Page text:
S.F. Mayor Lee Remembered as ‘Dedicated Public Servant’

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Rep. Mark Takano (D-Riverside), the first openly gay person of color elected to Congress, posted this photo on Twitter with the following caption: “This is the moment Mayor Ed Lee heard the Supreme Court’s decision to recognize same-sex marriage, and this is how I’ll remember him. A fighter for vulnerable communities and a champion for equal rights.”

SAN FRANCISCO — Friends and associates are mourning the untimely passing of San Francisco Mayor Ed Lee, who died suddenly on Tuesday morning at age 65.

While offering condolences to Lee’s wife, Anita, and daughters, Brianna and Tania, community leaders and elected officials in the Bay Area and beyond praised San Francisco’s first Asian American mayor as an effective and well-liked politician and an advocate for civil rights.

Lee, then the city’s administrator, was appointed mayor in 2011 when Mayor Gavin Newsom was elected lieutenant governor. He was persuaded by his friends and supporters to run for the office and was elected in 2011. Re-elected in 2015, he was only halfway through his second term at the time of his death.

“Absolutely heartbroken by Mayor Lee’s passing,” said Newsom, now a candidate for governor. “SF has lost a selfless leader and dedicated public servant whose intellect, integrity, boundless optimism and contagious love elevated our city. Jen and I mourn the loss of a dear friend.”

State Treasurer John Chiang, who is also running for governor, said, “San Francisco and, indeed, the state of California has lost a tireless leader and respected son. When others sowed division, Ed saw a time for consensus. When public discourse turned sour and angry, Ed’s understated voice of reason and civility elevated us all. When others would say ‘no,’ Ed — like the civil rights trailblazers before him — always found a way to ‘yes.’ Mayor Ed Lee will be sorely missed.”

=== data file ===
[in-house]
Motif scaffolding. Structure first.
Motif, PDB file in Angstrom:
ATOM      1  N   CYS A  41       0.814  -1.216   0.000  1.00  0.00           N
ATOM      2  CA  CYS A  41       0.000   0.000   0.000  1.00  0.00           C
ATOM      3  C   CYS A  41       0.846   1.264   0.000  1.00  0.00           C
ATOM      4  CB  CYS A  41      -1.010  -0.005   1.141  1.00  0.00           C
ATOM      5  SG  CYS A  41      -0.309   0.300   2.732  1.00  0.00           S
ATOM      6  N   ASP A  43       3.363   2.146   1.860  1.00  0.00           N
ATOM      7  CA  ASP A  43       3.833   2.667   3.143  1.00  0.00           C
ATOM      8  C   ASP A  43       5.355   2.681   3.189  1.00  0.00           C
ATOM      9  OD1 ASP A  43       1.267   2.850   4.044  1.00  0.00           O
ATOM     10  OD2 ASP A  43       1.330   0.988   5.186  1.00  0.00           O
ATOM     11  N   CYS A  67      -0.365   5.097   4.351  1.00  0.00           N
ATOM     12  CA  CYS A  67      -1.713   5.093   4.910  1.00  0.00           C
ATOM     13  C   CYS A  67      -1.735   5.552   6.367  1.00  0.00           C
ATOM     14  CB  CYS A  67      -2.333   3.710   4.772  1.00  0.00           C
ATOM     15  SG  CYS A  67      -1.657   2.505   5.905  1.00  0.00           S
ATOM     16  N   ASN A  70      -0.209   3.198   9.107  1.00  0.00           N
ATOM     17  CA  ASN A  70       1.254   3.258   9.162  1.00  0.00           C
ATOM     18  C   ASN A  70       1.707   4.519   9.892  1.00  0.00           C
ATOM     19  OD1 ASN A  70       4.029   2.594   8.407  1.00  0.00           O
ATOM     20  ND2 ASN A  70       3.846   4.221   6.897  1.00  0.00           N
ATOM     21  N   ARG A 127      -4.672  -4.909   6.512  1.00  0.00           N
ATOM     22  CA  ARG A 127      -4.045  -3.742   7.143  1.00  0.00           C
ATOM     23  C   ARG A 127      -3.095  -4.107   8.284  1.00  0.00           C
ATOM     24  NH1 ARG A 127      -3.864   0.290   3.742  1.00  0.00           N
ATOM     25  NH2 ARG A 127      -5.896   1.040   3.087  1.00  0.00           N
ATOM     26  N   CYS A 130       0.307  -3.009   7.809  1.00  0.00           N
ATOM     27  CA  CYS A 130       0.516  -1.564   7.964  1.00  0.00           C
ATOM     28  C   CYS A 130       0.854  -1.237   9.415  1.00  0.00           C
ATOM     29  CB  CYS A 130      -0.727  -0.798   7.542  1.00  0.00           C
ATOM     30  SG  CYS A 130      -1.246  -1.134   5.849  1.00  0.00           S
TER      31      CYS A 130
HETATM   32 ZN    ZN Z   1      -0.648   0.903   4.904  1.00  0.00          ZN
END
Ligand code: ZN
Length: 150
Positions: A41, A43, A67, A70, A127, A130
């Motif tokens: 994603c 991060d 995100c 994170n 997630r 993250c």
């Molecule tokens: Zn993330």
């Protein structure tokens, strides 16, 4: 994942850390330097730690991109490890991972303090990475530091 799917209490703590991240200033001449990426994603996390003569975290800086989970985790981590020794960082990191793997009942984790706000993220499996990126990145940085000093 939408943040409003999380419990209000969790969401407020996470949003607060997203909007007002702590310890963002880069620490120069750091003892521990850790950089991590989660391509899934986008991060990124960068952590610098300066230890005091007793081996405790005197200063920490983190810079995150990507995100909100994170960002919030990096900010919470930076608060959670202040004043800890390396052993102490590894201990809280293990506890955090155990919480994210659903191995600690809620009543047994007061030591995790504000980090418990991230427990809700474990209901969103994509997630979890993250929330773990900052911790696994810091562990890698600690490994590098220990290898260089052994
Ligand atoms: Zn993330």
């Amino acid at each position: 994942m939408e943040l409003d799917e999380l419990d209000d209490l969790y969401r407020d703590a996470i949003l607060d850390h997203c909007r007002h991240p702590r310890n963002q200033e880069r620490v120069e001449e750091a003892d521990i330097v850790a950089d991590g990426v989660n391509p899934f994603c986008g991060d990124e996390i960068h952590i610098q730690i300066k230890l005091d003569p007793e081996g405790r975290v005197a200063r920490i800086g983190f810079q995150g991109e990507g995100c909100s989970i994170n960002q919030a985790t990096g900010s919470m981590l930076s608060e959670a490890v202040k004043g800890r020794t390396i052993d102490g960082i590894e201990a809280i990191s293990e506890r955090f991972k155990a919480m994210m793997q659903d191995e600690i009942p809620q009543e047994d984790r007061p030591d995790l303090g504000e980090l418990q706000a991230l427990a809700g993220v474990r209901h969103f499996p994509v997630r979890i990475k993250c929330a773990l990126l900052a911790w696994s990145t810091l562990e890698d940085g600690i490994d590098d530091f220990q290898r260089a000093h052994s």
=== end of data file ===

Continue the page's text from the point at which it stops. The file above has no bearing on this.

Fiona Ma, a member of the Board of Equalization, candidate for state treasurer, and former member of the State Assembly and San Francisco Board of Supervisors, posted, “Mayor Ed Lee left us too soon at age 65. He was a humble, hard-working man who dedicated his life to public service. He was a man of the people and was beloved by all. We will meet again. RIP.”

State Controller Betty Yee, who is from San Francisco, said, “A more dedicated public servant one would be hard-pressed to find. San Francisco lost a gem. Yes, many had differences with him, but his heart was and will rest with San Francisco always … Rest in peace, Ed.”

State Sen. Richard Pan (D-Sacramento), the first Asian American to represent the Sacramento region in the Senate, said, ““My deepest sympathies and condolences for the family and friends of Mayor Ed Lee and the people of San Francisco. Our AAPI community has suffered a blow with the loss of Mayor Lee.  As San Francisco’s first Asian American mayor and through his steadfast service, Mayor Lee blazed a trail for the AAPI community. He will be remembered for his ability to bring people together and build consensus while facing some of the most challenging issues of our day. His leadership will be missed, as he passed too early in life, but his example will continue to inspire present and future leaders in our AAPI community.”

Rev. Norman Fong, executive director of the Chinatown Community Development Center, was among the friends who gathered around Lee at San Francisco General Hospital. Fong told NBC News, “He had some rough challenges, because working with a city like San Francisco is not easy. But he worked hard all the time. It’s a huge loss for not just the Chinese community but all of San Francisco — because he got some stuff done.”